Early Decision (ED) and Early Action (EA) Activity Increases: Between Fall 2015 and Fall 2016, colleges reported an average increase of 5 percent in the number of Early Decision applicants and 6 percent in ED admits. The number of Early Action applications increased by 15 percent and the number of students accepted through EA increased by 16 percent.

Wait List Activity Increases; Likelihood of Wait List Acceptance is Low: For the Fall 2016 admission cycle, 39 percent of institutions reported using a wait list. Institutions accepted an average of 23 percent of all students who chose to remain on wait lists. From Fall 2015 to Fall 2016, the number of students offered a place on an admission waitlist increased by 11 percent, on average, and the number admitted increased by 31 percent.


Factors in Admission Decisions
The factors that admission officers use to evaluate applications from first-time freshmen have remained largely consistent over the past 20 years. Students’ academic achievements—which include grades, strength of curriculum, and admission test scores—constitute the most important factors in the admission decision. Admission decision factors for first-time international students are similar to those for domestic students, but the transfer admission decision process differs in significant ways.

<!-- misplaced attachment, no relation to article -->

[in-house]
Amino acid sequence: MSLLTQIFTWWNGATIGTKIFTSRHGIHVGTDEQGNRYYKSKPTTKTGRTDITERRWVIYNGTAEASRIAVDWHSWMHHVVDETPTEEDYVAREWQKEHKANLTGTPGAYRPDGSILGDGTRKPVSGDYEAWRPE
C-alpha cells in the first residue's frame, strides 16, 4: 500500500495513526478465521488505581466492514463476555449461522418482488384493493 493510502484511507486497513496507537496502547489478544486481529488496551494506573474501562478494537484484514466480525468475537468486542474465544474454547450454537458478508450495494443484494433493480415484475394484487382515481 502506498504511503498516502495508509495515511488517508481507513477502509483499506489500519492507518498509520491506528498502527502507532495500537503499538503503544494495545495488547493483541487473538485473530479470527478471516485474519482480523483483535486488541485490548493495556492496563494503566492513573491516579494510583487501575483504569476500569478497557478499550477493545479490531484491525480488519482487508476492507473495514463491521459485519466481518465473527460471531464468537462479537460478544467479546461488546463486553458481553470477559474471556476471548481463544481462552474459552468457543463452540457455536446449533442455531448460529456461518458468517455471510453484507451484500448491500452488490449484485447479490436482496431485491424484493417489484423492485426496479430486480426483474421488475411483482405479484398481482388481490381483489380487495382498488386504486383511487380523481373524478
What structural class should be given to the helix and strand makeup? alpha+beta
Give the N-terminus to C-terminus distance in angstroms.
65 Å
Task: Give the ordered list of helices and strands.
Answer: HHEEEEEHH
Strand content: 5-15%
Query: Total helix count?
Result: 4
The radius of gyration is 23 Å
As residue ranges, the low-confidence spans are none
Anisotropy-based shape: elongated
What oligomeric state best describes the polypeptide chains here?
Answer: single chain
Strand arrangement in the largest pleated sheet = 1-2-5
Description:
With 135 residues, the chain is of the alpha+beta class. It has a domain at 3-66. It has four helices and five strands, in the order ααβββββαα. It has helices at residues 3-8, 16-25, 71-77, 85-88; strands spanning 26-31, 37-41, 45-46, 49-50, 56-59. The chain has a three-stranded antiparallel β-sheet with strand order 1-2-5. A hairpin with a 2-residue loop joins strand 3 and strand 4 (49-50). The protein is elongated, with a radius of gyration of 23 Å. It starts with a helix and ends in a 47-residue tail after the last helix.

Admission Offices Identify Grades, High School Curriculum, and Test Scores as Top Factors for First-Time Freshmen: The top factors in the admission decision for the Fall 2016 admission cycle were: grades in college preparatory courses, overall high school GPA, admission test scores, and strength of curriculum. Among the next most important factors were the essay, a student’s demonstrated interest, counselor and teacher recommendations, extracurricular activities, and class rank.

Top Factor for International Students is English Proficiency Exam Scores: After English proficiency, the factors for admission decisions with international applicants are remarkably similar to those for domestic students, with one notable exception. A greater proportion of colleges rated the essay/writing sample as considerably important for international applicants, likely because of the additional confirmation of English skills that the essay provides.

For Transfer Admission Decisions, College Grades Matter Most: The only transfer admission decision factors that were rated considerably important by a substantial proportion of colleges were overall GPA at prior postsecondary institution(s) and average grades in transferrable courses.


College Counseling in Secondary Schools
Access to college information and counseling in school is a significant benefit to students in the college application process. For many students, particularly those in public schools, college counseling is limited at best. Counselors are few in number, often have large student caseloads, and have additional constraints on the amount of time they can dedicate to college counseling.